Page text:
2. Abby, this is very timely for the Lean and Agile things I’m doing at work, thanks. The OTHER thing we’re doing at work is ROWE – Results Only Work Environment. Not sure how much you’ve heard about it. It has some fundamental challenges with agile principles, but is very well aligned with Lean. Your post is particularly interesting because it shows how ROWE may be combined with Agile and Lean. I’d like to talk about this stuff in person, so will come to the Lean meetup on Thursday and say hello. See you there!

    Jon Schwartz

  3. you might like this talk from Joshua Kerievsky, well known in the XP community, on Agile vs Lean

  4. CuriousityForLife Avatar

    I have always been wondering what they really mean when they say Agile Vs. Lean. This sure helps a lot. I won’t be the unknowing kid on the block anymore for sure!

    <a href="">wd my book live

  5. Nícolas Iensen Avatar
    Nícolas Iensen

    Well done! Agile != Lean, but very close concepts

  6. Your post is excellent! Thanks, Abby!

    Agile and Lean are so interwoven and an adage, but it surprising that as adults we get so convoluted about everything. I recollect the words of my physical education teacher who yelled at us that we have to be lean to be agile and both to win:)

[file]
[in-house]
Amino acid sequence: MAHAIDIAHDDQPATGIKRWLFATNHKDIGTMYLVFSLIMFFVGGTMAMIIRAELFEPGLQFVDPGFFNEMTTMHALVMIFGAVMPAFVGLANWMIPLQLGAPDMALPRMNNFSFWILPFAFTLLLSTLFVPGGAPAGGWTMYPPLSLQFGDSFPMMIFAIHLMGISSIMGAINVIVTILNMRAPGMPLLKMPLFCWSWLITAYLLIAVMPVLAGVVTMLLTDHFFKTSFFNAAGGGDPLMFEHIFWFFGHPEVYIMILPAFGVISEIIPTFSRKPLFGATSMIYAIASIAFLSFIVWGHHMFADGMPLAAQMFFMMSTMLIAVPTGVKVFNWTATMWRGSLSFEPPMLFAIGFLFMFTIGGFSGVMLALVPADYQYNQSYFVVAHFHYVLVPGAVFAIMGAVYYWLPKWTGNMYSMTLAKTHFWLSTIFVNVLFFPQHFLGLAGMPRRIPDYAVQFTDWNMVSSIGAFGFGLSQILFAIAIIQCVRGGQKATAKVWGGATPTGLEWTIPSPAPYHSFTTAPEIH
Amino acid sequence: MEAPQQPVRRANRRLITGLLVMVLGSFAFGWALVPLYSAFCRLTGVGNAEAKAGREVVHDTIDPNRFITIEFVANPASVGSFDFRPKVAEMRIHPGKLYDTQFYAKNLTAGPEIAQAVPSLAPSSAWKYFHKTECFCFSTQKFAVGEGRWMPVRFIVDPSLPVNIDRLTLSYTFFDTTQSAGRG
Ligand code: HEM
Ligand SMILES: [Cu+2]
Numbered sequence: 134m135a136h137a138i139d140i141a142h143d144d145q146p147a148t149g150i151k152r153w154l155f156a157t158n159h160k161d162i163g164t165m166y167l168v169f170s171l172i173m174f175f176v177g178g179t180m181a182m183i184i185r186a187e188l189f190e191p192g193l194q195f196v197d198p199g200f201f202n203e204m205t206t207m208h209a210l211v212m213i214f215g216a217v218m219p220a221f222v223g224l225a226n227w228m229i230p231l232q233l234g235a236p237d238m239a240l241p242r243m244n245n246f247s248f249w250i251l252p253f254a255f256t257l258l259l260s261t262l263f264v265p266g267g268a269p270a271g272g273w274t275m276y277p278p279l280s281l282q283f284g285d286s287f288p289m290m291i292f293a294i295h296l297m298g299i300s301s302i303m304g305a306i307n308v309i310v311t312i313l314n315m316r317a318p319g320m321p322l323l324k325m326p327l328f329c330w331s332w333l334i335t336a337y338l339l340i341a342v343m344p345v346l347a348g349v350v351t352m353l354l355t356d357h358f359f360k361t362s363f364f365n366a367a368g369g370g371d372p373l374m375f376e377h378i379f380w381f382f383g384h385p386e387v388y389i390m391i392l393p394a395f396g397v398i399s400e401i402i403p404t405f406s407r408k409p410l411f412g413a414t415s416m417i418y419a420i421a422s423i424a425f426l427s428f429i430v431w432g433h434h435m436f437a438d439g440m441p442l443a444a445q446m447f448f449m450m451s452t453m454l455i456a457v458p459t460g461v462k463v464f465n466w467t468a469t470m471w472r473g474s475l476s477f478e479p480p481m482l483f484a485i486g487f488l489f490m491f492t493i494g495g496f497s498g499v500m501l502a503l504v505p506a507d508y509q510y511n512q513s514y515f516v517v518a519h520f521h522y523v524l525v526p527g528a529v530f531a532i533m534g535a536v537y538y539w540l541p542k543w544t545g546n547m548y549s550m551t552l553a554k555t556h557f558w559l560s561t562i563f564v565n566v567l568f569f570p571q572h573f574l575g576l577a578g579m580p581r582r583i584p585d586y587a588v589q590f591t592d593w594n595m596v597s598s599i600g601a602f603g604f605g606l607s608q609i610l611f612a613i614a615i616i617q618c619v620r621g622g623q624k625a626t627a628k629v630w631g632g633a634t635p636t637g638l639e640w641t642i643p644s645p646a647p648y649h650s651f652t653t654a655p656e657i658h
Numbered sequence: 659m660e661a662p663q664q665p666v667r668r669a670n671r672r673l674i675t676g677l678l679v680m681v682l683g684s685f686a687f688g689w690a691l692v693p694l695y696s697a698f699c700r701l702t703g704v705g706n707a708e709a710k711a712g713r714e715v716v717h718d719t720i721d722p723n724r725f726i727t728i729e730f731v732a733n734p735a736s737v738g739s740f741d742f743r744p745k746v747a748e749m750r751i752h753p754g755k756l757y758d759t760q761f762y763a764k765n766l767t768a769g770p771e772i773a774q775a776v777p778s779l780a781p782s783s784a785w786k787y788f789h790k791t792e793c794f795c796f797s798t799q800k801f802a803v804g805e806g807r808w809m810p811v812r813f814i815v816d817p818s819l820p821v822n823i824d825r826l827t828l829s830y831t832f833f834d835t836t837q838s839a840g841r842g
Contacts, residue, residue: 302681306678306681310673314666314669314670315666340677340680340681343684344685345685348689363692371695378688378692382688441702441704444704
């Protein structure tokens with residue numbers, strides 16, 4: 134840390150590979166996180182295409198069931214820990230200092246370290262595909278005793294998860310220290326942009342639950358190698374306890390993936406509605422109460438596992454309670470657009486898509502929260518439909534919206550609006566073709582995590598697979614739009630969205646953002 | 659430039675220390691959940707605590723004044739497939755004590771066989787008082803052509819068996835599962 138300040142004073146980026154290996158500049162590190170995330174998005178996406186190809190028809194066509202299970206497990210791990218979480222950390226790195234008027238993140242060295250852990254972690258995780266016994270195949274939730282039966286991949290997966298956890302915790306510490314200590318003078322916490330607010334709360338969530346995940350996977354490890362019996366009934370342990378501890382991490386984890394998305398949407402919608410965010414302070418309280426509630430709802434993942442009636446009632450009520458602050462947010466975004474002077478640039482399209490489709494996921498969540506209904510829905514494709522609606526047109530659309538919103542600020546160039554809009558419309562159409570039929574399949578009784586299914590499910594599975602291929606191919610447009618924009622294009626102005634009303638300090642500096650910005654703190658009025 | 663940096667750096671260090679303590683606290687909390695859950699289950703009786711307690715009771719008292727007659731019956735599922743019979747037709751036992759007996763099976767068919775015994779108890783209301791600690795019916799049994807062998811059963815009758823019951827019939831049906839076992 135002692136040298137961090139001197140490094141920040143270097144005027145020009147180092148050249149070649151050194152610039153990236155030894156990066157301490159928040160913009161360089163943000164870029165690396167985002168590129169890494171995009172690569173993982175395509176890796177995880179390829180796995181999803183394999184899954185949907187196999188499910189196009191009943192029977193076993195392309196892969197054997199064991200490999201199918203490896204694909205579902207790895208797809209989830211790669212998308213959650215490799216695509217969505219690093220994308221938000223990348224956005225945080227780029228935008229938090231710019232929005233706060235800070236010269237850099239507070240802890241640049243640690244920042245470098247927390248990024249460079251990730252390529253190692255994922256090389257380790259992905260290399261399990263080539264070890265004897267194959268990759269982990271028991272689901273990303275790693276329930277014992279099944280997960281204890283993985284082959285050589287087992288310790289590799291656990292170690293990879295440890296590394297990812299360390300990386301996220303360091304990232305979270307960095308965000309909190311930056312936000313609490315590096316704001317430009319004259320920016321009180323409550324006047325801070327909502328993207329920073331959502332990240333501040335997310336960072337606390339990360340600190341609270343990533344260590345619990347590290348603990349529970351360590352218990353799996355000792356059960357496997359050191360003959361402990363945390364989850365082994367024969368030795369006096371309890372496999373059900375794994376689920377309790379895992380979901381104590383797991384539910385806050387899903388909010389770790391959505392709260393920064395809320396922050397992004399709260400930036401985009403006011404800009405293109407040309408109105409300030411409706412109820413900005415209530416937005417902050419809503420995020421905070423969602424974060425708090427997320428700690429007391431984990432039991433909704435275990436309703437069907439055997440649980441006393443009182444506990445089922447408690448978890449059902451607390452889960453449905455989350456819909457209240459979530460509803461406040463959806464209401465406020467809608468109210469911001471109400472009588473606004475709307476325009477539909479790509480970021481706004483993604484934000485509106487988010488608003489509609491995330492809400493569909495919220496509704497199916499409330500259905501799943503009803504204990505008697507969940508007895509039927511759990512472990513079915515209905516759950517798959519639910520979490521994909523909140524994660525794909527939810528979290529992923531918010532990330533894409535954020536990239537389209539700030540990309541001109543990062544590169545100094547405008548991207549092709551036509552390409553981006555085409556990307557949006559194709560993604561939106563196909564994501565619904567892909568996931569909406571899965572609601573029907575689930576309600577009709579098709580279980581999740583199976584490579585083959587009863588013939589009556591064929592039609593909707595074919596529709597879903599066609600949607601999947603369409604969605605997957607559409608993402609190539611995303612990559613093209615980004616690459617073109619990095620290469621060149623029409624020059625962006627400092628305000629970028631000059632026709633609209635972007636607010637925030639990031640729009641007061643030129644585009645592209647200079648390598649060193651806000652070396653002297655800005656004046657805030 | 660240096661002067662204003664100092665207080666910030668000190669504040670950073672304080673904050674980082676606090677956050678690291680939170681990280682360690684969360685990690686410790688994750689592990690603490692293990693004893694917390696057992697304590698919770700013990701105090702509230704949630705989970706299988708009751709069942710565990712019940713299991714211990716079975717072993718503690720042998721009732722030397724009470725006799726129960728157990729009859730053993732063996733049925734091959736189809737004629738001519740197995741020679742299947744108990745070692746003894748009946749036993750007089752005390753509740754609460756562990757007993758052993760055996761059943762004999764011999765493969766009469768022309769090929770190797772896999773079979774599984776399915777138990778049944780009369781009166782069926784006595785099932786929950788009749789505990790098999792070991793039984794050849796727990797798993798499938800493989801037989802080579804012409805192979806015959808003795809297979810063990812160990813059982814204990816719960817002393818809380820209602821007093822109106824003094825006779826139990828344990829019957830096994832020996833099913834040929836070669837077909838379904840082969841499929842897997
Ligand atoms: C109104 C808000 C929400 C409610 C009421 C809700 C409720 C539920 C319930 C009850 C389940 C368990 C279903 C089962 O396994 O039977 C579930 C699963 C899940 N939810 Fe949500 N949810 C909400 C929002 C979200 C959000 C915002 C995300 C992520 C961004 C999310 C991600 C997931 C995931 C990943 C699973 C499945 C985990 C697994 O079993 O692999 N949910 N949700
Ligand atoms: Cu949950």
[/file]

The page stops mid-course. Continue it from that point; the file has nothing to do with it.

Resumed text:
The key takeaway for me is the customer feedback loop as this single entity dictates almost everything we do in the market.

  7. Your post is excellent! Thanks, Abby!

    Agile and Lean are so interwoven and an adage, but it surprising that as adults we get so convoluted about everything:) I recollect the words of my physical education teacher who yelled at us that we have to be lean to be agile.

    The key takeaway for me is the customer feedback loop as this single entity dictates almost everything we do in the market.

  8. Great post, Abby! Really helps draw the line in the sand between “agile” and “lean”. Thanks to you, got the vocab straight. Cheers!

  9. Bluepen Software Avatar
    Bluepen Software

    This is one of the best short summary articles we came across to find more precisely what would be the best difference between Agile and Lean. Lean is more closely related to producing Minimum Viable Product. – Bluepen Software.

    1. Thank you, Bluepen. I really appreciate it

      1. Bluepen Software Avatar
        Bluepen Software

        We are big believers in Agile methodologies of development software products and services. This article definitely helped us understand some concepts on Lean….

  10. A must read article for project managers.

  11. Tushar Likhar Avatar
    Tushar Likhar

    good article